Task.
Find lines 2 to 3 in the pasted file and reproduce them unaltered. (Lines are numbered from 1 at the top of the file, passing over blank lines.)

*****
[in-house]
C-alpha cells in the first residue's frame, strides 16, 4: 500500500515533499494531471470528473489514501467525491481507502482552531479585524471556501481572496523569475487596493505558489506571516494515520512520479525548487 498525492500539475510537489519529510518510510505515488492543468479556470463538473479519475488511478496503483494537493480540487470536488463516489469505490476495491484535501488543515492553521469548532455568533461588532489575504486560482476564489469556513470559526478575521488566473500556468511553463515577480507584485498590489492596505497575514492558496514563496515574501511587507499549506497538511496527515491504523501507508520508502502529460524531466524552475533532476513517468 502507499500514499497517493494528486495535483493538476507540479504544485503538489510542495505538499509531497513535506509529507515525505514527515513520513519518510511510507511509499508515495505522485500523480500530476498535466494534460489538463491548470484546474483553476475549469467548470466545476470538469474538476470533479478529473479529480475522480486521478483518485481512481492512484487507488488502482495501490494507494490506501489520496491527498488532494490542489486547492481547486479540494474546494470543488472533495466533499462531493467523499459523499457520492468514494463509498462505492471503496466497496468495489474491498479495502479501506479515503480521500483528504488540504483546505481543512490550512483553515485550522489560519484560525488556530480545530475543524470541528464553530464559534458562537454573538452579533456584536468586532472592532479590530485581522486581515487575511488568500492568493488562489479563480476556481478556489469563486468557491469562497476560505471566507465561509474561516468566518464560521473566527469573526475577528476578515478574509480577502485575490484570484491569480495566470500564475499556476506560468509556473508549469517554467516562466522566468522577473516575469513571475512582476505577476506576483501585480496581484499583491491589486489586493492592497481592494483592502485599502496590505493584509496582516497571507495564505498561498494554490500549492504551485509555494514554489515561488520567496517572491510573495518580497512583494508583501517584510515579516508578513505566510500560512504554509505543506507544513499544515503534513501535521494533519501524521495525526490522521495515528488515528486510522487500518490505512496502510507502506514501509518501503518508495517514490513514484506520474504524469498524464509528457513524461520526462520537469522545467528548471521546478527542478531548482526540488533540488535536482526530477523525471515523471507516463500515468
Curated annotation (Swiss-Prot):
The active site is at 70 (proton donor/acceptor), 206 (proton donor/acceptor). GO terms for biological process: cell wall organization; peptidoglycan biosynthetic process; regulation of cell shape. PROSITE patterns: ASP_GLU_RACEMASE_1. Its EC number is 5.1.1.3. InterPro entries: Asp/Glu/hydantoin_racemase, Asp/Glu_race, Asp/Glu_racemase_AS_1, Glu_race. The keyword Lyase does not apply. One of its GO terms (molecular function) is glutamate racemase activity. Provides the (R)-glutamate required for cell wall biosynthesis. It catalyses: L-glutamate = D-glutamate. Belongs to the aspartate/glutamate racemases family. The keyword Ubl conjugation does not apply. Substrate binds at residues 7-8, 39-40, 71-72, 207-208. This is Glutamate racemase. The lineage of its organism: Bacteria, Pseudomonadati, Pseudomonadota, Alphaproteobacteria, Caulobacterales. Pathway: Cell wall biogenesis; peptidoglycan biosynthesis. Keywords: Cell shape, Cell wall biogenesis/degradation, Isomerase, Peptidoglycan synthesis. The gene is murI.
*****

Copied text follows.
C-alpha cells in the first residue's frame, strides 16, 4: 500500500515533499494531471470528473489514501467525491481507502482552531479585524471556501481572496523569475487596493505558489506571516494515520512520479525548487 498525492500539475510537489519529510518510510505515488492543468479556470463538473479519475488511478496503483494537493480540487470536488463516489469505490476495491484535501488543515492553521469548532455568533461588532489575504486560482476564489469556513470559526478575521488566473500556468511553463515577480507584485498590489492596505497575514492558496514563496515574501511587507499549506497538511496527515491504523501507508520508502502529460524531466524552475533532476513517468 502507499500514499497517493494528486495535483493538476507540479504544485503538489510542495505538499509531497513535506509529507515525505514527515513520513519518510511510507511509499508515495505522485500523480500530476498535466494534460489538463491548470484546474483553476475549469467548470466545476470538469474538476470533479478529473479529480475522480486521478483518485481512481492512484487507488488502482495501490494507494490506501489520496491527498488532494490542489486547492481547486479540494474546494470543488472533495466533499462531493467523499459523499457520492468514494463509498462505492471503496466497496468495489474491498479495502479501506479515503480521500483528504488540504483546505481543512490550512483553515485550522489560519484560525488556530480545530475543524470541528464553530464559534458562537454573538452579533456584536468586532472592532479590530485581522486581515487575511488568500492568493488562489479563480476556481478556489469563486468557491469562497476560505471566507465561509474561516468566518464560521473566527469573526475577528476578515478574509480577502485575490484570484491569480495566470500564475499556476506560468509556473508549469517554467516562466522566468522577473516575469513571475512582476505577476506576483501585480496581484499583491491589486489586493492592497481592494483592502485599502496590505493584509496582516497571507495564505498561498494554490500549492504551485509555494514554489515561488520567496517572491510573495518580497512583494508583501517584510515579516508578513505566510500560512504554509505543506507544513499544515503534513501535521494533519501524521495525526490522521495515528488515528486510522487500518490505512496502510507502506514501509518501503518508495517514490513514484506520474504524469498524464509528457513524461520526462520537469522545467528548471521546478527542478531548482526540488533540488535536482526530477523525471515523471507516463500515468
Curated annotation (Swiss-Prot):